Here is what is known so far about the disease:

    1. Mycobacterium leprae grows slowly, doubling every 11 to 13 days. It is an obligatory intracellular parasite that thrives at temperatures ranging from 27° to 30° C.
    2. Human skin, peripheral nerves, nasal mucosa, upper respiratory tract, and eyes are typically key target organs of the disease.
    3. Humans are assumed to be the disease's natural reservoir, with an average incubation period of three to five years.
    4. The disease has been found in wild armadillos in the southern United States, as well as three species of nonhuman primates (chimpanzees, cynomolgus macaques, and sooty mangabey monkeys), but these are not regarded to be significant sources of human disease.
    5. The mode of transmission is unknown; however, the ulcerated nasal mucosa of multibacillary patients can produce more than 10 million live bacilli each day, indicating that transmission by respiratory droplet dissemination is possible.
    6. Additionally, organisms have been found to survive for up to nine days outside of the human host under tropical conditions, raising the possibility of contact spread through broken skin. The possibility of the disease being spread through insect vectors also cannot be definitively excluded.
    7. A great deal is also unknown regarding illness susceptibility and causation. More than 95% of persons have an inbuilt resistance to disease development following exposure.
    8. M. leprae's unusual ability to survive within Schwann cells of peripheral nerves as well as macrophages. The bacterium is extremely low in pathogenicity and is essentially harmless to tissues.
    9. In HD, there are two sorts of immunological reactions. Type 1 is a delayed-type hypersensitivity reaction, while Type 2, erythema nodosum leprosum, is regarded to be an immunologically complex illness. The reasons that cause these immune responses are unknown, and the reactions might occur during the normal course of untreated disease, during antimicrobial therapy, or after the antimicrobial "cure" of the infection has been completed. If the reactions are not treated medically, the patient will suffer persistent sensory, motor, and/or autonomic peripheral or other nerve damage, which could lead to severe handicap.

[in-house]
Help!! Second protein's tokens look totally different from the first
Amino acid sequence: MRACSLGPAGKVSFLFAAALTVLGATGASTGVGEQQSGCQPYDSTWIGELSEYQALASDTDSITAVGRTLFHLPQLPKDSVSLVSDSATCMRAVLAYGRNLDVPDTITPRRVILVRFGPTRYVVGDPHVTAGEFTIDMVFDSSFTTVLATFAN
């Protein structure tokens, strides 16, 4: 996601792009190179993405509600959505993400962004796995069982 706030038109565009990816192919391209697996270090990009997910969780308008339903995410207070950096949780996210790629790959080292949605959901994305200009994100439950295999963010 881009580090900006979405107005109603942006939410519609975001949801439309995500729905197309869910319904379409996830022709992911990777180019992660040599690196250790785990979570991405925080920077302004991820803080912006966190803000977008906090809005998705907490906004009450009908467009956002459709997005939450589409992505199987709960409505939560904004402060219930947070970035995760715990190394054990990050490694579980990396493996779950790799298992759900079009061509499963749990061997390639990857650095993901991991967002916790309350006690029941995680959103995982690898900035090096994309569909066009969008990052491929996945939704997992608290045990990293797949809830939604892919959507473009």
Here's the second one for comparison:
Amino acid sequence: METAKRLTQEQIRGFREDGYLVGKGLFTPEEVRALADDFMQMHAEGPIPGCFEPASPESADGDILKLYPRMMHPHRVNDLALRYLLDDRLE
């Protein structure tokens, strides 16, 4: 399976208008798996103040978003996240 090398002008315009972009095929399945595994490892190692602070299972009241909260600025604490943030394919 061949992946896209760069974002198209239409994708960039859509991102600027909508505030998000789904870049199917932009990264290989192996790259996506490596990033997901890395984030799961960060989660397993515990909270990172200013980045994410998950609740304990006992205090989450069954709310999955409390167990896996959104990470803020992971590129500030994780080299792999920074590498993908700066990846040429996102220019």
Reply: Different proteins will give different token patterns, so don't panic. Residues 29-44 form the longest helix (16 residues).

10. The absence of a simple and effective screening tool for identifying individuals or communities with subclinical disease or asymptomatic infections still poses a challenge to public health. 
Over the last two decades, the reported global prevalence of active HD infection has decreased by over 90%. 18 The lack of a commensurate decline in disease incidence is cause for concern. From 1994 through 2003, the yearly new case detection rate was consistently greater than 500,000 new cases per year.

Risk of relapse

While progress in treating HD is being celebrated, there is a risk that this progress will diminish the perceived benefit of continuing to spend resources on HD, as other competing priorities (e.g., human immunodeficiency virus/acquired immunodeficiency syndrome, malaria, and tuberculosis) may appear to be of relatively greater importance. The resurgence of drug-resistant tuberculosis in the United States after public health resources were diverted to other priorities may be instructive of the need to continue devoting adequate resources to a communicable disease that has currently left one million to two million people worldwide with permanent disabilities.
It is important to remember that managing this condition entails both treating the bacterial infection and limiting the risk of persistent nerve damage and consequent disability.
Furthermore, whether success can result in a paradoxical delay in therapy and an increase in the severity of impairment should be evaluated. As a sickness or condition gets increasingly rare, a treating physician must have a higher level of suspicion to properly diagnose or refer a patient for care.
Even though we've come a long way in eradicating leprosy, the disease still exists in some countries, particularly in Africa and Asia, where it's often found in remote and hard-to-reach areas. Additionally, the disease still carries a significant social stigma, and people affected by leprosy continue to face discrimination and marginalization.


HD continues to be riddled with paradoxes. It is one of the oldest diseases known to man and the first human bacterial pathogen discovered; nonetheless, significant gaps in our fundamental understanding of this disease remain in comparison to other infectious diseases. More than 95% of the population possesses a natural resistance to the disease, current antibiotic treatment is available to remove a patient's infection, and early treatment can prevent or significantly reduce the disease's repercussions. Nonetheless, there are many cultural misconceptions, superstitions, and stigmas connected with HD that prevent early detection and treatment-seeking behavior.
Despite several challenges, significant progress has been made in giving treatment to millions of people and combating social stigma and misinformation. 22,23 Hopefully, the progress made thus far will be maintained and advanced by governments' continued political will, ongoing research into the basic understanding of the disease and improved treatments or vaccines, and maintaining a high index of suspicion in both the public and medical communities that HD might be a treatable cause of a patient's condition. If this is the case, there is a chance that HD will no longer be one of the top causes of physical disability in the world.